J M Barrie
From 29 November 2017 to 30 December 2017
Review by Philip Fisher
There’s always something a little bit special about a centenary, which makes this revival of Dear Brutus even more of an event.
The play was first performed in October 1917 at Wyndham’s Theatre with a cast led by the company’s famous manager, Gerald du Maurier.
Coincidentally, the underlying theme and concept of this whimsical parable have considerable similarities with those behind Jerome K Jerome’s The Passing of the Third Floor Back, which is around 10 years older and currently playing at the Finborough.
Played in a long, narrow traverse, Jonathan O’Boyle’s production for Troupe benefits from a stylish set and period costumes, courtesy of Anna Reid. The scenic effects peak with a lovely flood of rose petals to sweeten a change in mood and location.
The one and three-quarter hour evening, which can best be characterised by a little girl’s question to her arty father “Daddy—what is a might have been?”
Before that, the play opens with tense drama as five ladies invited to the home of the Robin Hooper’s mysterious Lob, an old eccentric (or as his guests suggest “a funny little fellow”) with a beard worthy of Santa Claus, interrogate his butler, the mendacious Matey, played by Simon Rhodes.
He reluctantly divulges enough information to warn them about the perils of spending Midsummer Eve in the vicinity of a non-existent wood, while we also learn from the elderly Mrs Coade that Lob is apparently another name for Puck.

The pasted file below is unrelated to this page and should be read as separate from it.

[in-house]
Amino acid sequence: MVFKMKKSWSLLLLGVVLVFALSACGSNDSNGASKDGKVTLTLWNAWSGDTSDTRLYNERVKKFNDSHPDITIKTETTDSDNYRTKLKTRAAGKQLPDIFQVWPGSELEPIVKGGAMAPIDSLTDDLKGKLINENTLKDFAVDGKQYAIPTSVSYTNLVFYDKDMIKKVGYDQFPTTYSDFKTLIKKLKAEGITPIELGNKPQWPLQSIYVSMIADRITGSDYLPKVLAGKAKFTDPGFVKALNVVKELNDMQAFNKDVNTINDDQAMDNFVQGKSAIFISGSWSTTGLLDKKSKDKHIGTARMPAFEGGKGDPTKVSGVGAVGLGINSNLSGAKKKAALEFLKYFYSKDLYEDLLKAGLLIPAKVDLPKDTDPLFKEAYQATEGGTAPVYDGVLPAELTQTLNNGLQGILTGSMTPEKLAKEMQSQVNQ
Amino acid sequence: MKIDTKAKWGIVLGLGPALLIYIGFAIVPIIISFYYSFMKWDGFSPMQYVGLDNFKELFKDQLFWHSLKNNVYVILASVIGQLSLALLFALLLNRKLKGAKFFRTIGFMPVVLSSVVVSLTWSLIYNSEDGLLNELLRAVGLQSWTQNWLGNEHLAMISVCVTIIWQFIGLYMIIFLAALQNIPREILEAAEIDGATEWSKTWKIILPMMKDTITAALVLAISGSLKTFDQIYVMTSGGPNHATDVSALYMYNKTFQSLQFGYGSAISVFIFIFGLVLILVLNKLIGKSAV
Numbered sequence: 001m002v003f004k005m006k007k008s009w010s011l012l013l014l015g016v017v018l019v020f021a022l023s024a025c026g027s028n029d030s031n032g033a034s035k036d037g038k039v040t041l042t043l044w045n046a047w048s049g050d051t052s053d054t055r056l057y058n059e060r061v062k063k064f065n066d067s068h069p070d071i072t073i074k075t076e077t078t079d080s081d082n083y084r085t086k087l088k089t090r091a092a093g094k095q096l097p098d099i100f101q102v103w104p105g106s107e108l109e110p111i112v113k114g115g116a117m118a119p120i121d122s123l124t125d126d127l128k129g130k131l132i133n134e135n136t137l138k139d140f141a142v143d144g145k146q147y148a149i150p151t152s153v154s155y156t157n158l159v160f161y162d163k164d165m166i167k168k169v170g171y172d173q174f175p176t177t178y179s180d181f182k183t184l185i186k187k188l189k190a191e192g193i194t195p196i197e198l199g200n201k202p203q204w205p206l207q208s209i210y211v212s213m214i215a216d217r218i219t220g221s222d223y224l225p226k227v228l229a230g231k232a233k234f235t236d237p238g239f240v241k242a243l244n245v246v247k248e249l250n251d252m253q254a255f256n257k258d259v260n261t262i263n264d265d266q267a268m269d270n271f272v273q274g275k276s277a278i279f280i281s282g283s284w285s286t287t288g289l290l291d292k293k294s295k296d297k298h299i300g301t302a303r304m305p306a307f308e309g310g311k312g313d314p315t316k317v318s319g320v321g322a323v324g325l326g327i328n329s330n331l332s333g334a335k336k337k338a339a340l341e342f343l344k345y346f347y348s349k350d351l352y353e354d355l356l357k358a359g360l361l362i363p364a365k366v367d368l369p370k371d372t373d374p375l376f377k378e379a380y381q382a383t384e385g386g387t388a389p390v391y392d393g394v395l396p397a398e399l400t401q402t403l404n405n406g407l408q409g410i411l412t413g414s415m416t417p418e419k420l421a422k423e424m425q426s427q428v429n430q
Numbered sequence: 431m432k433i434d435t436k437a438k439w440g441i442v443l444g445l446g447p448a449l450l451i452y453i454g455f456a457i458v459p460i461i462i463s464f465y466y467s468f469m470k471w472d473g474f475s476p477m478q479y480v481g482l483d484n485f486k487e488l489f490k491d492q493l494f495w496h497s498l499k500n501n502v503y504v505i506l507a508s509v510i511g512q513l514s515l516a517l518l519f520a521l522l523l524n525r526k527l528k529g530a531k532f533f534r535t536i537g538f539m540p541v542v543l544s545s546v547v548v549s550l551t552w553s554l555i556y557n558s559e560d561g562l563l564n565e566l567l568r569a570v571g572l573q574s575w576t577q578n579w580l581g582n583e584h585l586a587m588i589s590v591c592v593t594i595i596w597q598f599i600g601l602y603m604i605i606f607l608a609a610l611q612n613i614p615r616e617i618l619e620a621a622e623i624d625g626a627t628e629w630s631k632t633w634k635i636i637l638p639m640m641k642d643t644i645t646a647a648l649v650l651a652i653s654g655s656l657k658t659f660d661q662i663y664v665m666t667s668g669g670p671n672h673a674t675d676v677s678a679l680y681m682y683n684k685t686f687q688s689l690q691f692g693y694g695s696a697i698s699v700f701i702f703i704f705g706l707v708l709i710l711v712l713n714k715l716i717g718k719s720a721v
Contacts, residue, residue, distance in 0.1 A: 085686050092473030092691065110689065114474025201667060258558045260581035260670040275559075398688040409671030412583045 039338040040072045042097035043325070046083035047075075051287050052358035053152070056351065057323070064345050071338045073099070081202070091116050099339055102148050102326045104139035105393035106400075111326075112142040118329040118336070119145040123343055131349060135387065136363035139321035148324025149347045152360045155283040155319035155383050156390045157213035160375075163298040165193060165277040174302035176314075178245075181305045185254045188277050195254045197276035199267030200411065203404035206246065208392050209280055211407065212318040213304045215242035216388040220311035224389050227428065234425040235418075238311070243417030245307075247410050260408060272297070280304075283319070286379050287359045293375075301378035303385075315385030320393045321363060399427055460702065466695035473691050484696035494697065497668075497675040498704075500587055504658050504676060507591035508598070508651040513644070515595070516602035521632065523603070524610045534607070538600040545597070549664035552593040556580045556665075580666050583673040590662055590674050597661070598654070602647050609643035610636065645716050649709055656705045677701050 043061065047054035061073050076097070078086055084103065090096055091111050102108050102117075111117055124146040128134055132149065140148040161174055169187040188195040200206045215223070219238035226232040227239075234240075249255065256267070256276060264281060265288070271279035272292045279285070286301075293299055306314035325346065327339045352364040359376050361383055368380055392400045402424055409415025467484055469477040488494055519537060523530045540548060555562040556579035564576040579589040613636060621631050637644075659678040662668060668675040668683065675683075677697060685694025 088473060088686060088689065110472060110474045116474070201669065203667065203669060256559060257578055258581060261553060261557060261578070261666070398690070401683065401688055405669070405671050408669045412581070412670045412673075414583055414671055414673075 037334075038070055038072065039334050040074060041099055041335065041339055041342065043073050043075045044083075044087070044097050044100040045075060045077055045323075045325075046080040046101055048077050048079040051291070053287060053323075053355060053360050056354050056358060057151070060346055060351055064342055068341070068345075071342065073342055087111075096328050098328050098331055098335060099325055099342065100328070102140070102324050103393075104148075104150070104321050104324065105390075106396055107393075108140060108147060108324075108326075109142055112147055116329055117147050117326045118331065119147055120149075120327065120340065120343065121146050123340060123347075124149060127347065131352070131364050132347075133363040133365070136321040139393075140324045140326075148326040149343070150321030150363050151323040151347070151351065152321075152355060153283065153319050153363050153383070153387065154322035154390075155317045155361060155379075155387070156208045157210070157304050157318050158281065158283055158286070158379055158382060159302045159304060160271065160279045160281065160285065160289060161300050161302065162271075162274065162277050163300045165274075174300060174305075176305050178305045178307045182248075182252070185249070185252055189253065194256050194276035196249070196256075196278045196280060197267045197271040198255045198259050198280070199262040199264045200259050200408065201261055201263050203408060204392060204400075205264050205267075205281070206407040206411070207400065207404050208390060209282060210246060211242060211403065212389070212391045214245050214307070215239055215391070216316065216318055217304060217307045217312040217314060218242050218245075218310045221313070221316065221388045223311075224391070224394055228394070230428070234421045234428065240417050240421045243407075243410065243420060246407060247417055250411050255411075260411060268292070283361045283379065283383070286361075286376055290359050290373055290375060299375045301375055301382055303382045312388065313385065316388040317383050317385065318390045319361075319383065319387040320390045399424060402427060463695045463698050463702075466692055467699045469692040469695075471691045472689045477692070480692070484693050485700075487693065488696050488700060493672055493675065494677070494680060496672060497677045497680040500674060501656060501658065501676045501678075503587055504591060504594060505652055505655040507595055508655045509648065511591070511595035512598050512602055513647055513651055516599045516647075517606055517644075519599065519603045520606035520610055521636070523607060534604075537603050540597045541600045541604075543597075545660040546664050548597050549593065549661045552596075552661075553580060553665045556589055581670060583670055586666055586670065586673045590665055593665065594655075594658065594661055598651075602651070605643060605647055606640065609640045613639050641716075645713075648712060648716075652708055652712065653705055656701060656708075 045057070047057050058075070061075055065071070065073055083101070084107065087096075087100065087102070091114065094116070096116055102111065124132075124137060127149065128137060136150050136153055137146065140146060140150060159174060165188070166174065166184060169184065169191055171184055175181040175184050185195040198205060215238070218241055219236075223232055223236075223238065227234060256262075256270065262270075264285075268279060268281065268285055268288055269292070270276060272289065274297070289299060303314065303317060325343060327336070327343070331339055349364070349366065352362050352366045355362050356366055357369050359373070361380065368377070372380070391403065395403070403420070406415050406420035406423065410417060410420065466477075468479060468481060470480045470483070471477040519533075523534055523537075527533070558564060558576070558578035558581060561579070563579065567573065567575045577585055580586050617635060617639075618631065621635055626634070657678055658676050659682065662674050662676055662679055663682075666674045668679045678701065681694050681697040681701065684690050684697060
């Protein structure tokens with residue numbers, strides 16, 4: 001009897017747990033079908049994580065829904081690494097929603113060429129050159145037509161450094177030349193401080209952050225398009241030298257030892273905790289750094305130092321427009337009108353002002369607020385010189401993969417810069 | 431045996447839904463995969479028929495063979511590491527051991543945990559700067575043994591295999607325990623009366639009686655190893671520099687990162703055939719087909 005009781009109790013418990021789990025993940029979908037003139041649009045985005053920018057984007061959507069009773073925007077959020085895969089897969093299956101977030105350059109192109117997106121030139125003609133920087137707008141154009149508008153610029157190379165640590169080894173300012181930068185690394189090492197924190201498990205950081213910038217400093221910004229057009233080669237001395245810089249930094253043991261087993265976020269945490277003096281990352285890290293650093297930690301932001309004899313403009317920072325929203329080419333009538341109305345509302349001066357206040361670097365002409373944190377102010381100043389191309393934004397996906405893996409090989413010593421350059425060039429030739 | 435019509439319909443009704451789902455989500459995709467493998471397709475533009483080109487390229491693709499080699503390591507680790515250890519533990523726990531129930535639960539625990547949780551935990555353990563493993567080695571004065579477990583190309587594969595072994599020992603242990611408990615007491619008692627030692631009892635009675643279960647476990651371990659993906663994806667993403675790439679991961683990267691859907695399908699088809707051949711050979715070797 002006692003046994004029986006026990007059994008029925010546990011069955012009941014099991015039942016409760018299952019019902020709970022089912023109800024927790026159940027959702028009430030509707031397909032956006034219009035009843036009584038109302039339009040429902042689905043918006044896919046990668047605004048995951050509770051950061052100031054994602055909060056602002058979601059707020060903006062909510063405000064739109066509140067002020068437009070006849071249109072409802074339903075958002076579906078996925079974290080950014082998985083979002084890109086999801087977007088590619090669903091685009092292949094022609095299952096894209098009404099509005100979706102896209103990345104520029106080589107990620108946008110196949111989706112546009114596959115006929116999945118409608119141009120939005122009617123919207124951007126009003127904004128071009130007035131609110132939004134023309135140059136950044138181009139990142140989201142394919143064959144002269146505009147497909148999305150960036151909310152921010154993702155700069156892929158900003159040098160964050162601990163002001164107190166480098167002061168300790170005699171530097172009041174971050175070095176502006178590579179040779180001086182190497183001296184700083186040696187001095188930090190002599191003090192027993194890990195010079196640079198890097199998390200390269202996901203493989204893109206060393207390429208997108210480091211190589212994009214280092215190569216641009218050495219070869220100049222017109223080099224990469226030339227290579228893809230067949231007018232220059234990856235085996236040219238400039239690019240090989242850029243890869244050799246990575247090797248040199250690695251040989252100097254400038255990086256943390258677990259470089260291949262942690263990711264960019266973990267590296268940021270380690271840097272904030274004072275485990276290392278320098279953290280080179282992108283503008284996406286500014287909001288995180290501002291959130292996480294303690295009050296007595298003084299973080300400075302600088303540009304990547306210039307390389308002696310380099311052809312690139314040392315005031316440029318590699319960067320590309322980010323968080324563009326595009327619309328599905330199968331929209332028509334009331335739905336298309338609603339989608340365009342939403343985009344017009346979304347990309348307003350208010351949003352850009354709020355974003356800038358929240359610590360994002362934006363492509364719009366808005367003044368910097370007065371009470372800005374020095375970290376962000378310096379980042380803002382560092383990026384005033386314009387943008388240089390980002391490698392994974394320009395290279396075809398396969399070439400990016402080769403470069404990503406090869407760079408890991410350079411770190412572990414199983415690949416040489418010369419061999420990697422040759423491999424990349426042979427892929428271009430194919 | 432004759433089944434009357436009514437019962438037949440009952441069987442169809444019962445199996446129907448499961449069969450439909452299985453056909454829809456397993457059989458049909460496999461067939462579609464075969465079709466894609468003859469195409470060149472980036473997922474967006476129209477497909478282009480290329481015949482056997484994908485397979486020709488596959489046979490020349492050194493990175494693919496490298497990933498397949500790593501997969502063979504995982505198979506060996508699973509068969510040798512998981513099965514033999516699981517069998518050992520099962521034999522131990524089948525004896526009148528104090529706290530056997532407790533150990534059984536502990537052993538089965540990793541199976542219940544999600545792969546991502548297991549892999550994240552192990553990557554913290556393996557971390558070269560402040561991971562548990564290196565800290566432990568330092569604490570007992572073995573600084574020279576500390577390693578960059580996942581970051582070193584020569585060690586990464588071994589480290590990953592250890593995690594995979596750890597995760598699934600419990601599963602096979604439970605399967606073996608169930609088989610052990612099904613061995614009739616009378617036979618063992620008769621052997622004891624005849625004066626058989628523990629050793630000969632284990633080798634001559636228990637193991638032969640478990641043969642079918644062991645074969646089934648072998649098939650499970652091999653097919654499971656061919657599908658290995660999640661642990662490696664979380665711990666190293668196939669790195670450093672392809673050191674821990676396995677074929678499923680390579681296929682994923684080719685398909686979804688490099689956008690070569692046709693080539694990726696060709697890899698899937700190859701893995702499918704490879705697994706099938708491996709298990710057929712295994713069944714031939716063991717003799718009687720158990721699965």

For anyone steeped in theatre lore or even vaguely aware of the works of Shakespeare, this should be enough of an indication that Dear Brutus is J M Barrie’s homage to A Midsummer Night’s Dream.
Once enticed into the mysterious, petal-strewn wood, some wild dreams are played out, in every case reaching happier conclusions than real life whether they concern an edgy ménage a trois played by Charlotte Brimble, Bathsheba Piepe and Edward Sayer, Miles Richardson’s artist with a liking for port or James Woolley and Jodie Kidd as an elderly couple in search of lost youth.
The morals to be drawn from a story showing people their better natures should be obvious. J M Barrie clearly believes in another Shakespearean acknowledgement that “the fault, dear Brutus, is not in our stars, but in ourselves, that we are underlings” or, more prosaically, we are all innately good and might even be able to get back on track to the straight and narrow if reminded of that fact on the longest night of the year.
The acting may not be uniformly perfect but Dear Brutus is a charming story that does not overstay its welcome and provides a reminder that the creator of Peter Pan was a prolific playwright who had far more in his armoury than the single story of a boy who never grew up and of whom audiences never tire.